## Force Generation with Active Brownian Particles

Interestingly, our asymptotic results are in agreement with force generation in what one might consider to be the unrelated context of self-propelled active Brownian particles. Ni et al. (21) simulated self-propelled Brownian hard spheres confined between hard walls of length *A*). Although this system is 2D, our analysis can be generalized: In two dimensions, **6**. Performing the same asymptotic analysis as for the narrow-peak limit, the asymptotic scalings [**12**] and [**14**] are reproduced, in quantitative agreement with simulations. (We note that the linear scaling shown in Fig. 2*B* also implies that the width of the peak scales linearly in **14**.) The **12** only break down for *B*, and the linear fit deteriorates when

Further analytical insights can be obtained by considering the limit of no excluded volume interaction between particles in which Ni et al. (21) observed that the disjoining pressure is attractive and decays monotonically with separation (similar results have been obtained by Ray et al. (15) for run-and-tumble active matter particles). This observation can be explained within our framework by noting that the self-propulsion of point particles induces a Gaussian colored noise **20** deviates from entropy-maximizing white noise. Assuming a linear dispersion relationship, **20** is now monotonic, the difference between the integral and the Riemann sum, Eq. **6**, is monotonic and *C* shows that the disjoining pressure obtained from simulations is consistent with this scaling: A decay *C*, is especially significant at large plate separations and is sufficient to alter the estimate of the fitting parameter.) Since oscillatory force decay is only seen for finite, active particles, evidently the coupling between excluded volume interactions and active self-propulsion must be the cause of the oscillatory decay seen in Fig. 2*A* (and the nonmonotonicity of the inferred spectrum). In particular, the presence of excluded volume interactions gives rise to a length scale of energy injection—the particle diameter—and, indeed, the peak in the spectrum,

Nonmonotonic energy spectra are also found in the continuum hydrodynamic description of active particles (28, 51), as well as models of active swimmers in a fluid (52). For a wide class of such “active turbulent” systems, the fluctuation spectra take the analytical form (51)**22** captures the fluctuations of the active species, but not the background fluid, numerical results show that the energy spectrum of the background fluid—the spectrum that enters into our framework—is also nonmonotonic (52). Therefore, our asymptotic framework, Eqs. **12**–**15**, derived for a general unimodal spectrum, can also be applied to those systems. We note that the effective viscosity of an active fluid in a plane Couette geometry has been shown numerically (53) to be an oscillatory function of plate separation; this supports the oscillatory force framework reported here. Furthermore, oscillatory and long-range fluctuation-induced forces have been reported in other soft-matter systems, including inclusions in a shaken granular medium (33, 54) (where the density field of the granular medium is also directly shown to be inhomogeneous and oscillatory, qualitatively agreeing with our fluctuating modes framework) and rotating active particles on a monolayer (55). Experimental or numerical measurements of Casimir forces in active systems will serve as a test bed of our formalism.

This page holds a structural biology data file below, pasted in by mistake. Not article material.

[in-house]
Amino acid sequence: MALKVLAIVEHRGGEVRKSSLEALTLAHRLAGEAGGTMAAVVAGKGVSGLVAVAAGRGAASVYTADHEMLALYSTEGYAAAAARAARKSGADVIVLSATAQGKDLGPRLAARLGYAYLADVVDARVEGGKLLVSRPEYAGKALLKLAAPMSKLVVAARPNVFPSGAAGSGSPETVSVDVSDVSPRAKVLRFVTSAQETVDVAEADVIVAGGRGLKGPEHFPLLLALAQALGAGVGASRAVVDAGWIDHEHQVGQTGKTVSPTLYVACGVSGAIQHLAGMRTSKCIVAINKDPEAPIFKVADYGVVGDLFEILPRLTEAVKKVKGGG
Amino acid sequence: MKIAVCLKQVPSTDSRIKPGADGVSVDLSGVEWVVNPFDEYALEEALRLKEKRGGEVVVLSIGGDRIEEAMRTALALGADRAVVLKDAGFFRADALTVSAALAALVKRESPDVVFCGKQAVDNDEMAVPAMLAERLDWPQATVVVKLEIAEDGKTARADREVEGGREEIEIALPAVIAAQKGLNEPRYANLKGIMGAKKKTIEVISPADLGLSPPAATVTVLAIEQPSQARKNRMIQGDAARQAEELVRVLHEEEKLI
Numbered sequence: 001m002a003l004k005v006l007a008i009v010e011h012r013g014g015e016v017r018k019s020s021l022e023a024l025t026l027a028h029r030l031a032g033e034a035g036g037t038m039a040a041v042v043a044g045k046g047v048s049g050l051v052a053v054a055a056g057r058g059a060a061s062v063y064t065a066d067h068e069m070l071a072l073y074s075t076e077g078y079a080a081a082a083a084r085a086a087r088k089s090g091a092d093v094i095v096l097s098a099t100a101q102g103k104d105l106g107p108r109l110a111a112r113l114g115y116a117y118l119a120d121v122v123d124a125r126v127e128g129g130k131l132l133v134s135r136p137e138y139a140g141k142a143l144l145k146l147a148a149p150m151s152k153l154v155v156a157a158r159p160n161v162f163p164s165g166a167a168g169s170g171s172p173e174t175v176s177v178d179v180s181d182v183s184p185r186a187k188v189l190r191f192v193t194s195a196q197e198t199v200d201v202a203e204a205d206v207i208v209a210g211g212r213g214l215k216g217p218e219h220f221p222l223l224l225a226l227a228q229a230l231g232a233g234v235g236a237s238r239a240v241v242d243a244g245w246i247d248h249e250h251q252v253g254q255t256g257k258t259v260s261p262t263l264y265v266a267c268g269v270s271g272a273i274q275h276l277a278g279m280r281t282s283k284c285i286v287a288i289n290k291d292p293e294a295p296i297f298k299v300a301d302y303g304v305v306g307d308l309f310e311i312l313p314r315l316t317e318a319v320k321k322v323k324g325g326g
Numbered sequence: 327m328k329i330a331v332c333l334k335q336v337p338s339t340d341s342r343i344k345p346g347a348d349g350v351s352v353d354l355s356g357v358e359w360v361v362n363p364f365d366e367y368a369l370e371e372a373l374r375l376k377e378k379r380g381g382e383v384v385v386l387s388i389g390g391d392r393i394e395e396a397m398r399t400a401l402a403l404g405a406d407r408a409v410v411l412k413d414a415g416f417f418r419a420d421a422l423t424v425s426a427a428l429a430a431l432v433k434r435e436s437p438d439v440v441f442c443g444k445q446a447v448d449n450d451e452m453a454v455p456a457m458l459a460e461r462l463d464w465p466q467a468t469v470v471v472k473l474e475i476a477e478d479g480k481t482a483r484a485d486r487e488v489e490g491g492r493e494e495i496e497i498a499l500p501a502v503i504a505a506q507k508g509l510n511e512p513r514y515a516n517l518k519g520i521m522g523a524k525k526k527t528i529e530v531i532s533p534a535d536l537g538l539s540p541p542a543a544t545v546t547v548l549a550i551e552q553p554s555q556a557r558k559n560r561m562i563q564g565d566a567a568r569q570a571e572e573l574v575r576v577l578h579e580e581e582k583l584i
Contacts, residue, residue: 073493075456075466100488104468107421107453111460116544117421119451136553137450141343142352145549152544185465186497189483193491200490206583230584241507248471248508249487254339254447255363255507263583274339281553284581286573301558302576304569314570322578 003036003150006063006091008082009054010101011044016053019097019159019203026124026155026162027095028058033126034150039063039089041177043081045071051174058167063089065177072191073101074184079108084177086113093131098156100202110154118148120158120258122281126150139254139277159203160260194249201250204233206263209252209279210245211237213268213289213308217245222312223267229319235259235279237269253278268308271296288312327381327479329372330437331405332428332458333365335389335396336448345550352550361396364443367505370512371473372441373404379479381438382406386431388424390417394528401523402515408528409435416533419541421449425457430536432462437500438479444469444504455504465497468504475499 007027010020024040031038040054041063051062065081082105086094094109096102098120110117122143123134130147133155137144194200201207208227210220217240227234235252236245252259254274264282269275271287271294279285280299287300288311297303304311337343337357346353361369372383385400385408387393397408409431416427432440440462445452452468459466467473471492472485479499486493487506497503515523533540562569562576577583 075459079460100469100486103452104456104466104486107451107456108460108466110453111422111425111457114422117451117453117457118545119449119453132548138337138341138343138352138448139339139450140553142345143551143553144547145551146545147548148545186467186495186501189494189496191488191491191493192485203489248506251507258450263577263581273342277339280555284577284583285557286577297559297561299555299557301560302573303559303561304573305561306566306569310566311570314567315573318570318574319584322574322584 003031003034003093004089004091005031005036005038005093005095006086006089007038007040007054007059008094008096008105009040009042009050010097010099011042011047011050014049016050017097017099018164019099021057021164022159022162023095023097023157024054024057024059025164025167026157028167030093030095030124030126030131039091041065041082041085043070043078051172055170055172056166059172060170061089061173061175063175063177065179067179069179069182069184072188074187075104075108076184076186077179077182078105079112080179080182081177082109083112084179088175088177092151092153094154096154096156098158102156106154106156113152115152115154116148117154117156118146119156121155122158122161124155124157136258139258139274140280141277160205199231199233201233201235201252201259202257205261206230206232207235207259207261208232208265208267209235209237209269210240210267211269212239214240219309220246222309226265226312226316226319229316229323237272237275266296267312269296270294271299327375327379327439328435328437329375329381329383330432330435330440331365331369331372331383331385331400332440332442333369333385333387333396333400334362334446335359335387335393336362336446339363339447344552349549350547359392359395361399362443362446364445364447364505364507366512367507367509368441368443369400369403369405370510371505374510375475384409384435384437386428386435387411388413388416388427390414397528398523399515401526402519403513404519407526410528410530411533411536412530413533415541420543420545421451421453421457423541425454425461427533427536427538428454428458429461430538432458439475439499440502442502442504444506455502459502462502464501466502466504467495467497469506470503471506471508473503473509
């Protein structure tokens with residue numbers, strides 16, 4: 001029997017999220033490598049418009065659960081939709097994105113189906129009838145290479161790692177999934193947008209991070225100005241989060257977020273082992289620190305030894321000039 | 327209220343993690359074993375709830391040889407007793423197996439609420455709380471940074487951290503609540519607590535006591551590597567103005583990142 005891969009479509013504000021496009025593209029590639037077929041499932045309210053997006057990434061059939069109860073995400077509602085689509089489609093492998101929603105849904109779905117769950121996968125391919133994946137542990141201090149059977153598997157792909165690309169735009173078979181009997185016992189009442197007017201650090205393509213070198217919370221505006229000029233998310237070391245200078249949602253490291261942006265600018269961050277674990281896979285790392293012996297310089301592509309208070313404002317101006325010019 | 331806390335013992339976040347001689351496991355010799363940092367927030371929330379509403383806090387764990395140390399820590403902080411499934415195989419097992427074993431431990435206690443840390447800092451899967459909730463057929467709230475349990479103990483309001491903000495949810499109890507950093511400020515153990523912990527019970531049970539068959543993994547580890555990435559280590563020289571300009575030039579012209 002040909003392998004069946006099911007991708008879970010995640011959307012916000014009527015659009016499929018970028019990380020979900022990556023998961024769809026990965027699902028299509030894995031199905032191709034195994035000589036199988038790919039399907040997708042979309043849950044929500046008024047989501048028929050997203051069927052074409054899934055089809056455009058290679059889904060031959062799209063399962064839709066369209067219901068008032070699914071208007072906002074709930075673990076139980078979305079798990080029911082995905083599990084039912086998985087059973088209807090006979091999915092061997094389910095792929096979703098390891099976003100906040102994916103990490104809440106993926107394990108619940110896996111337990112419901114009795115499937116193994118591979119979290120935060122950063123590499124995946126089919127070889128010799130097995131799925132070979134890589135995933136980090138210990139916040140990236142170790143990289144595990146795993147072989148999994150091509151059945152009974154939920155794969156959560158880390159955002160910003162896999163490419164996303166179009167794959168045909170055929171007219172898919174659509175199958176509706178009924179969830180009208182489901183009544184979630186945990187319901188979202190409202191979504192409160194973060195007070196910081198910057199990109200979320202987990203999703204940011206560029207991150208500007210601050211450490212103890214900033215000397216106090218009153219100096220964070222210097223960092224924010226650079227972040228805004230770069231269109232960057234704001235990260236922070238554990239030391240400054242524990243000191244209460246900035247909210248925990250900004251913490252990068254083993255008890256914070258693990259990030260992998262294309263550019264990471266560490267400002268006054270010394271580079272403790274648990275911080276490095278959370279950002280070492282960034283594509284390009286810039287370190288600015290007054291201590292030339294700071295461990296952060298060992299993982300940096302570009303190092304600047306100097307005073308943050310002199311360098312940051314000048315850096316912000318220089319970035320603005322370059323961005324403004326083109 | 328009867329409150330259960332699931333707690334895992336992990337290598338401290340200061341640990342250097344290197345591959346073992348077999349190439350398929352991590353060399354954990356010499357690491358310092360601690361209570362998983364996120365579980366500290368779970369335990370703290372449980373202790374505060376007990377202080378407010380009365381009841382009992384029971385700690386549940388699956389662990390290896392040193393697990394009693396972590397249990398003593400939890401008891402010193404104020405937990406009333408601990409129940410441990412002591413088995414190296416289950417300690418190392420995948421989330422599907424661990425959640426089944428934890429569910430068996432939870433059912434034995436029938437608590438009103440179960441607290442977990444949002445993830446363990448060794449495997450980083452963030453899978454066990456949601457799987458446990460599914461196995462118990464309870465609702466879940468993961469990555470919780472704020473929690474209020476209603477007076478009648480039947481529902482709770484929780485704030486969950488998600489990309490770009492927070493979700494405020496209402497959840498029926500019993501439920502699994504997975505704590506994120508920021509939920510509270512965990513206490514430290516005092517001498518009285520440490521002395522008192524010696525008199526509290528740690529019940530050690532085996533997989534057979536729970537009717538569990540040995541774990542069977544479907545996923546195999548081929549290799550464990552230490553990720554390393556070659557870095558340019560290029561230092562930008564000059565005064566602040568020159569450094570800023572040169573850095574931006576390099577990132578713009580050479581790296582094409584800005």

## Conclusion

There are, of course, a plethora of ways to prepare nonequilibrium systems. We suggest that an organizing principle for force generation is the fluctuation spectrum—the active species drives a nonequipartition of energy. By adopting this top-down view, we computed the relationship between the disjoining pressure and the fluctuation spectrum, and verified our approach by considering two seemingly disparate nonequilibrium physical systems: the Maritime Casimir effect, which is driven by wind–water interactions, and the forces generated by confined active Brownian particles. Our framework affords crucial insight into the phenomenology of both driven and active nonequilibrium systems by providing the bridge between microscopic calculations (56⇓–58), measurements of the fluctuation spectra (26), and the varied measurements of Casimir interactions (59⇓–61). Although this article is motivated by biological and biomimetic settings, measurements of the nonequilibrium electromagnetic Casimir effect, such as the force that an (active) oscillating charge exerts on a neighboring charge, may also test our theory.

In particular, while the fluctuation spectrum of equilibrium fluids vanishes at the molecular scale, so that force oscillations are seen at the molecular length scale (e.g., ref. 49), it is the case that a hydrodynamic system with a force oscillation wavelength much larger than the molecular length scale must be out of equilibrium (because the thermal fluctuation spectrum,

## Acknowledgments

This work was supported by an Engineering and Physical Sciences Research Council Research Studentship, Fulbright Scholarship, and George F. Carrier Fellowship (to A.A.L.) and by the European Research Council Starting Grant 637334 (to D.V.). J.S.W. acknowledges support from Swedish Research Council Grant 638-2013-9243, a Royal Society Wolfson Research Merit Award, and the 2015 Geophysical Fluid Dynamics Summer Study Program at the Woods Hole Oceanographic Institution (National Science Foundation and the Office of Naval Research under OCE-1332750).

## Footnotes

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^{1}To whom correspondence may be addressed. Email: john.wettlaufer{at}yale.edu, alphalee{at}g.harvard.edu, or dominic.vella{at}maths.ox.ac.uk.

Author contributions: A.A.L., D.V., and J.S.W. designed research, performed research, analyzed data, and wrote the paper.

The authors declare no conflict of interest.

This article is a PNAS Direct Submission.